Two types of gene delivery systems, viral and nonviral, have been developed.11,12 The advantage of using viral vectors is their high transduction efficiency resulting in efficient delivery of the genetic material into the target cells.13 However, the use of viral gene delivery systems is limited by their inherent immunogenicity, low loading capacity, and other quality control issues.11,14,15 On the other hand, nonviral vectors (liposomes, polymer-based systems, and organic or inorganic nanoparticles) are safer for human use, albeit with lower delivery effectiveness.1619 In this study, we investigated poly (D,L-lactide-co-glycolide) (PLGA)-based nanoformulation for the delivery of miR-150 to pancreatic cancer cells in vitro. PLGA is a biodegradable and biocompatible polymer and has already been approved by United States Food and Drug Administration for human use.20,21 Our studies show that miR-150-loaded nanoformulation (miR-150-NF) resulted in efficient intracellular delivery of miR-150, potent inhibition of its target gene (MUC4), and associated changes in signaling pathways. Lastly, miR-150-NF treatment led to inhibition of pancreatic tumor cell growth and clonogenicity, and suppressed their malignant behavioral properties. Together, our study characterizes a PLGA-based nanovector platform that could potentially be useful for efficient delivery of miR-150 to the pancreatic tumor cells and, thus, pave the way for novel and effective miRNA-based cancer therapeutics.

Materials and methods

Cell culture

The human pancreatic cancer cell lines, Colo-357 and HPAF, were maintained in a humidified atmosphere of 5% CO2 at 37°C as monolayer cultures in Roswell Park Memorial Institute (RPMI) 1640 media (Thermo Fisher Scientific, Waltham, MA, USA) supplemented with 10% fetal bovine serum (FBS) (Atlanta Biologicals, Lawrence Ville, GA, USA), penicillin (100 units/mL), and streptomycin (100 μg/mL) (Thermo Fisher Scientific). Validation of cell lines was done by short tandem repeats genotyping and/or expression of defined molecular markers (MUC1, MUC4, vimentin, and DPC4). Moreover, cells were continuously monitored for their typical morphology and intermittently tested for mycoplasma using MycoSensor PCR assay kit (Stratagene, La Jolla, CA, USA) as per manufacturer’s protocol.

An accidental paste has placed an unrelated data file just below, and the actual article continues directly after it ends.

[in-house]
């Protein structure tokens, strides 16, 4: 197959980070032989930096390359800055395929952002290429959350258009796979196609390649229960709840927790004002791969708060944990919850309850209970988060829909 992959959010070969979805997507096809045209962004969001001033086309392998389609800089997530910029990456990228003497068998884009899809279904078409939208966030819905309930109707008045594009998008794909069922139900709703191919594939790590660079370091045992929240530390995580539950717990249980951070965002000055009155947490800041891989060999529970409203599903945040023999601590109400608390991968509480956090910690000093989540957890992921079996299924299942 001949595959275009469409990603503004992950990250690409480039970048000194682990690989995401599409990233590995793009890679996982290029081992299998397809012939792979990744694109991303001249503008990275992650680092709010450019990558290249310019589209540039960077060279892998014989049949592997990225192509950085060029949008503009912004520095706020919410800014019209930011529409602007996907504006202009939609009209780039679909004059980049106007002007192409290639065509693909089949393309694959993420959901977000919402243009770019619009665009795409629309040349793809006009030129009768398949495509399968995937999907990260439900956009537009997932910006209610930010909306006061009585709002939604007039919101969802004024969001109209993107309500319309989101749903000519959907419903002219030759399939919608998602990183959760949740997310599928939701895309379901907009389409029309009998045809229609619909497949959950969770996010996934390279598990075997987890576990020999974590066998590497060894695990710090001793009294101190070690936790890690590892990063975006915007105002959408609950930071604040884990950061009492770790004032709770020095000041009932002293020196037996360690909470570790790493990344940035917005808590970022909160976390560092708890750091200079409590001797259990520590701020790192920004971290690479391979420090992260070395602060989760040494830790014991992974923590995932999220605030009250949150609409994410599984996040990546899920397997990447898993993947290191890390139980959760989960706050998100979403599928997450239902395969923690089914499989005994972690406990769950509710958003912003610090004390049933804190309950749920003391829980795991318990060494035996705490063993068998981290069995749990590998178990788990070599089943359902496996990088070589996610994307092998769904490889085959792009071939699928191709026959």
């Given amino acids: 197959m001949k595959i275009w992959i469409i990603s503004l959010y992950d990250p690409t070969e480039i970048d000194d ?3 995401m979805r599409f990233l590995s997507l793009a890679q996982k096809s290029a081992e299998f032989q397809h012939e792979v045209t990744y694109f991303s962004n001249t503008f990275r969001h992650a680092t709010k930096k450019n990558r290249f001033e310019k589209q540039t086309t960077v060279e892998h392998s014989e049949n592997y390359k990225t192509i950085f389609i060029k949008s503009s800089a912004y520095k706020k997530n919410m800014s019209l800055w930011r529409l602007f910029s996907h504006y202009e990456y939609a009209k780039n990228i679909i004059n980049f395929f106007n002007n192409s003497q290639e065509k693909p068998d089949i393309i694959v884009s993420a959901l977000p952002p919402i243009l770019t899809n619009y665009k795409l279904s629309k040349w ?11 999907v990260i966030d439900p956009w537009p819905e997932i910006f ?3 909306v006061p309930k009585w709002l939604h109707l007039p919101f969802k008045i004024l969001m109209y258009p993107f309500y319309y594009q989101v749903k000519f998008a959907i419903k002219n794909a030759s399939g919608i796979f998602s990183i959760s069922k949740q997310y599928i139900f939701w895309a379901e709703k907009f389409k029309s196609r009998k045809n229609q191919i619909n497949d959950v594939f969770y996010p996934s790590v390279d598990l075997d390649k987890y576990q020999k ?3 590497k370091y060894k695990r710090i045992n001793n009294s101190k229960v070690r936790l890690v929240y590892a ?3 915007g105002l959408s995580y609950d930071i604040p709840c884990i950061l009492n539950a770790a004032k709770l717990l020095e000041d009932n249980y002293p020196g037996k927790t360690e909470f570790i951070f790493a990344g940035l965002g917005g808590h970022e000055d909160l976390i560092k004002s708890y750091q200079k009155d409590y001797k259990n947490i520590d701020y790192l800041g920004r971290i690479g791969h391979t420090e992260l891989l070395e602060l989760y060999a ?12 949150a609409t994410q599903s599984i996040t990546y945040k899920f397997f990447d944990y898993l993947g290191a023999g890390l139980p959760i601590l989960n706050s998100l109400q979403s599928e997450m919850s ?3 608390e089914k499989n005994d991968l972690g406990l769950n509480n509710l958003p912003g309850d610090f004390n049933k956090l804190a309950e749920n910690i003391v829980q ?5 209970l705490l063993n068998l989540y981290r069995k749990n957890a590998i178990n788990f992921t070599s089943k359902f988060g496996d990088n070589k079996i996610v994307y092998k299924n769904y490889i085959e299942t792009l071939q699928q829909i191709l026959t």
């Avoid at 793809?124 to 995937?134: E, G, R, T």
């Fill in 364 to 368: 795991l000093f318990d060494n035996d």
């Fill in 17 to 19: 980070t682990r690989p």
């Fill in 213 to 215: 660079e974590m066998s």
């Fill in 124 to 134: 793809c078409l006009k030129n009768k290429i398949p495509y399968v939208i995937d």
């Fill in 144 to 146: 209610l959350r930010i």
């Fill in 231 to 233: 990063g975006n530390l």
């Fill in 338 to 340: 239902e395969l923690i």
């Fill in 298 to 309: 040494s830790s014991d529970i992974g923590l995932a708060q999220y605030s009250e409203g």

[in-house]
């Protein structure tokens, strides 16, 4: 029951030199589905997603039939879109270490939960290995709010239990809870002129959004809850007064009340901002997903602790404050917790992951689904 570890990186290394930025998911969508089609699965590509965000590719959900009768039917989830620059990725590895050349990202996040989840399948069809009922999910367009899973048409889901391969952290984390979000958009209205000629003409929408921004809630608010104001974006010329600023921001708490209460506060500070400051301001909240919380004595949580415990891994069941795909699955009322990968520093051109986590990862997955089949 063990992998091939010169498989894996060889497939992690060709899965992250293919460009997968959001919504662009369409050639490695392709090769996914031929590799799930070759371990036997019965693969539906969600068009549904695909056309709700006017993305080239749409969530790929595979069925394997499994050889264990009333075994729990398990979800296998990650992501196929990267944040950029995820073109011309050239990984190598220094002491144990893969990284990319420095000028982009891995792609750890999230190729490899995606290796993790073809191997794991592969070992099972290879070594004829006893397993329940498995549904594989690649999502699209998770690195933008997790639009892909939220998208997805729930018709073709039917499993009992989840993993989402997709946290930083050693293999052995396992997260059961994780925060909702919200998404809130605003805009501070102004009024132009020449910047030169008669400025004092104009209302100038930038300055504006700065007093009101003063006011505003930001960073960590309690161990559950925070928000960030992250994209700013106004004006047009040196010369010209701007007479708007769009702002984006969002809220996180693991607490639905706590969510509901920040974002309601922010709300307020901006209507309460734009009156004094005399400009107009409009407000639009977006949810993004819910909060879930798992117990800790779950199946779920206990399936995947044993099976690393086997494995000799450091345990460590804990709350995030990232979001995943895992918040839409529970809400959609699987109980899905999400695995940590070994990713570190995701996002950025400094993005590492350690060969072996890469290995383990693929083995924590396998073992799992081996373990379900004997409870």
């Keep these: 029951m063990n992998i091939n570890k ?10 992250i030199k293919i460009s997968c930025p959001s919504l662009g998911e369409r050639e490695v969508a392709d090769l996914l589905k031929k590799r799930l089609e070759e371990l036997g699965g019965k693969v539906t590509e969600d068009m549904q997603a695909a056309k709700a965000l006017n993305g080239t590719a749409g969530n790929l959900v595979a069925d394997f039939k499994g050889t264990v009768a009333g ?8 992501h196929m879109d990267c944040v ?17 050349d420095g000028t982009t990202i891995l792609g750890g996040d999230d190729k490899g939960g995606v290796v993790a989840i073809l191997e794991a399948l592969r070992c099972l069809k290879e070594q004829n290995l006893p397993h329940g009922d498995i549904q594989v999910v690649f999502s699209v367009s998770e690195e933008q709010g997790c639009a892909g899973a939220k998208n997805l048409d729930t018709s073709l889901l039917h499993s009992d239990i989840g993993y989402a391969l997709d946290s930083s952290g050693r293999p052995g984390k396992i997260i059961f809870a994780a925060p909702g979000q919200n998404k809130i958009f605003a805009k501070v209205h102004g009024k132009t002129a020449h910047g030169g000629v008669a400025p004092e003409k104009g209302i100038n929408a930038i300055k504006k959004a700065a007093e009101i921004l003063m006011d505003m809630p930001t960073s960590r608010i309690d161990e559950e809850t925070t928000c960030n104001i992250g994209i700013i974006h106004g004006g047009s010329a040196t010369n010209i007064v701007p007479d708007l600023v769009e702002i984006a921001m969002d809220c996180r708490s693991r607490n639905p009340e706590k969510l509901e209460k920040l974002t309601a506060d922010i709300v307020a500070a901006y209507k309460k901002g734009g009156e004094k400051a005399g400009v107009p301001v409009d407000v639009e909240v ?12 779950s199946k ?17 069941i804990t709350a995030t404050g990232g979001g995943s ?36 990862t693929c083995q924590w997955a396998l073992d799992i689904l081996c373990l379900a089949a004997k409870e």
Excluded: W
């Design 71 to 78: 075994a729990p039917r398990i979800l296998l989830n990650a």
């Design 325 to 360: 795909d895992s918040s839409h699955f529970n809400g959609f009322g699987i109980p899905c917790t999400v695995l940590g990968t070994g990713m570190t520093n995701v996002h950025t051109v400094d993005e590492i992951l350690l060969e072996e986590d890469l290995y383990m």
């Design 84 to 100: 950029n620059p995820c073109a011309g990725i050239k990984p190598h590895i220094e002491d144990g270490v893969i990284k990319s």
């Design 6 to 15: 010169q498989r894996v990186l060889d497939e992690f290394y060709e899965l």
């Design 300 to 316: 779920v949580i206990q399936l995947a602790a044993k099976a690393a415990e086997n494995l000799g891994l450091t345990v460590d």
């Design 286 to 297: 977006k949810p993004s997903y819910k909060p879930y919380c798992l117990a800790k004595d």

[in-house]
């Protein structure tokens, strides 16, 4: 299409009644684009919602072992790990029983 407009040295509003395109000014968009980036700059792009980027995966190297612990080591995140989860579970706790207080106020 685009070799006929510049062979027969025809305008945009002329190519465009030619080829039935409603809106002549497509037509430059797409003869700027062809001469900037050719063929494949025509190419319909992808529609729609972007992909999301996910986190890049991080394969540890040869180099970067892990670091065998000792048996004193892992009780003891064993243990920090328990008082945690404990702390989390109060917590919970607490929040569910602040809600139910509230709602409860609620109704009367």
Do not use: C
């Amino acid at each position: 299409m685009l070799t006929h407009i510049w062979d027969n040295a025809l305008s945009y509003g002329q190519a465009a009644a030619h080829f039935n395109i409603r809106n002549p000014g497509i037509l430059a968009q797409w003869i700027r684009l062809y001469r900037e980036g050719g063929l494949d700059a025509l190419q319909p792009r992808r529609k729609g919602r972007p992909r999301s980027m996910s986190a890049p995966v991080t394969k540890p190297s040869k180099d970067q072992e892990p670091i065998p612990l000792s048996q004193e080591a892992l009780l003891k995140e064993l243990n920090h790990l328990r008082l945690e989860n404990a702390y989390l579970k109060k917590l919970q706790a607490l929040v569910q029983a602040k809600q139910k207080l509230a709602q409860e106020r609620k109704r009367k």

Preparation of miR-150-loaded PLGA/Polyethylenimine nanoparticles

Ester terminated PLGA (molecular weight: 40 kDa) and PEI (molecular weight: 25 kDa) were purchased from LACTEL Absorbable Polymers (Birmingham, AL, USA). The ratio of lactic acid to glycolic acid in PLGA is 50:50. PLGA (32 mg) and PEI (100 μg) were dissolved in 1 mL of chloroform.A mixture of acetylated bovine serum albumin (4 mg) and miR-150 (283.5 μg) in 0.2 mL of 1X-Tris-ethylenediaminetetraacetic acid (EDTA) buffer was added into organic phase (the molar ratio of PEI and miRNA was ~1:8), vortexed briefly, and then sonicated using a probe sonicator (~3 W, Sonicator XL; Misonix, Inc., Farmingdale, NY, USA) for 30 seconds over an ice bath to form water-in-oil emulsion. The water-in-oil emulsion was then added into 6 mL of 2.5% w/v polyvinyl alcohol solution prepared with 1X Tris-EDTA buffer and sonicated at 9 W for 3 minutes over ice bath. The emulsion was further stirred for 18 hours at ambient conditions, and then for 2 hours under vacuum to remove chloroform. Nanoparticles were recovered by ultracentrifugation (35,000 rpm for 35 minutes at 4°C, Optima TM, LE-80 K; Beckman Coulter Inc., Brea, CA, USA), washed three times (first wash using 1X Tris-EDTA buffer and the next two washes with sterile deionized water), and then lyophilized (FreeZone 4.5; Labconco, Kansas City, MO, USA).

Encapsulation efficiency

The amount of miR-150-loaded in nanoparticles was determined as described previously.22 In brief, the amount of un-entrapped miR-150 mimics in the nanoparticle wash solutions obtained during the formulation step was quantified using the Quant-iT™ PicoGreen Assay kit (Thermo Fisher Scientific, Waltham, MA, USA). Fluorescence resulting from the binding of PicoGreen reagent to miR-150 was measured in a black-bottomed 96-well plate using FLx-800 microplate reader (BIO-TEK Instruments, Winooski, VT, USA). miR-150 loading in nanoparticles was determined by subtracting the total amount of miR-150 recovered in the wash solutions (miR-150w) from the initial amount of miR-150 (miR-150i) added. Encapsulation efficiency was calculated as:

(miR-150i–miR-150w/miR-150i) × 100

Physicochemical characterization